Many of our commercial and government customers are building extremely powerful and efficient search engines for their own internal or customer’s data. Whether they are using open source Elasticsearch or building their own, these applications are often tasked with natively searching across many languages with very high accuracy.
Stemming vs. lemmatization
Of course, in order to do this, especially when dealing with European languages, a search engine must be able to handle all those particular morphological complexities.
In these languages, it is common for the forms of words to change based on how they are used. This presents a challenge for search engines because they must match the correct form of the word in order to serve accurate results — this is called normalizing. Typically, most search engines and search solutions normalize by “stemming.” Stemming is a crude method of chopping off characters at the end of a word in the attempt to find the root word. You can imagine the problems this technique produces.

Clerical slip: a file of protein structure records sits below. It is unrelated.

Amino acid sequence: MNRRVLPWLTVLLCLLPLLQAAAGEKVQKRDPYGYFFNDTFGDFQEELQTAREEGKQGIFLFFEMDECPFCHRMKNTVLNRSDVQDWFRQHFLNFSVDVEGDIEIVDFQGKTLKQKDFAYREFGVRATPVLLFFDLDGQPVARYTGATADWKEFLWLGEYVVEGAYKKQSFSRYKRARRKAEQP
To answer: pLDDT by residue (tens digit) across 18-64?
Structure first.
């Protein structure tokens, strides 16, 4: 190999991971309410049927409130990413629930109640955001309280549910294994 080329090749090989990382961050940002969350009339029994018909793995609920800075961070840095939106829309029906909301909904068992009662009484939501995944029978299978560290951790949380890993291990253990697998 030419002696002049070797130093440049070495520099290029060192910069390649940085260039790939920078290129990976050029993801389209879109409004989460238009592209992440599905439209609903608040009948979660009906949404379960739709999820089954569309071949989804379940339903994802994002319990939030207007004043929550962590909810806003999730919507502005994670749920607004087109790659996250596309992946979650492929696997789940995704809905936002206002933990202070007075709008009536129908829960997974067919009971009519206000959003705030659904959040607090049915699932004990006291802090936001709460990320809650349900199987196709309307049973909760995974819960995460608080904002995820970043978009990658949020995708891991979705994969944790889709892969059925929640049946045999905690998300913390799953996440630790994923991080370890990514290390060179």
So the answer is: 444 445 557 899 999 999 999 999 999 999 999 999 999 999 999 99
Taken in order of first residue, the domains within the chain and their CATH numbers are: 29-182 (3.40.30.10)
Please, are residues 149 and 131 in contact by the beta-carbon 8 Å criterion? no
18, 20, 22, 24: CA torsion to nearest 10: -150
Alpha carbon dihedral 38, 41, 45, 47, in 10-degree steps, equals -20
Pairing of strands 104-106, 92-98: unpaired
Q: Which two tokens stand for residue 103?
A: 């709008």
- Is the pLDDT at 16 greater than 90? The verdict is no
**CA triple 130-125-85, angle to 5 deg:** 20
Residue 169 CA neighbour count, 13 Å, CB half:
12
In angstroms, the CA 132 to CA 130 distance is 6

Think about the following example: The user searches with the word “celebrities”, as in the plural of celebrity, but the search engine ends up with a stem of “celebr.” That search could end up with false positives from other words with the same stem as “celebrations.” Not good!
This problem is compounded when you are a dealing with searches across many languages. The only way to truly get accurate results is to perform a more advanced morphological analysis to find the “lemma” or dictionary form of the word — this is called “lemmatization.”
So let’s review the previous example: “celebrities” is searched, but with lemmatization utilized by the search engine, the query is correctly interpreted as “celebrity,” not “celebration,” enabling the search engine to deliver the right results. In fact, studies have shown that lemmatization is significantly more accurate than stemming in many European languages.
Our linguists and engineers have worked really hard to bring lemmatization to our customers and their search applications. This is a standard feature in the Rosette Analyze Language component, enabling high-quality search across multiple languages.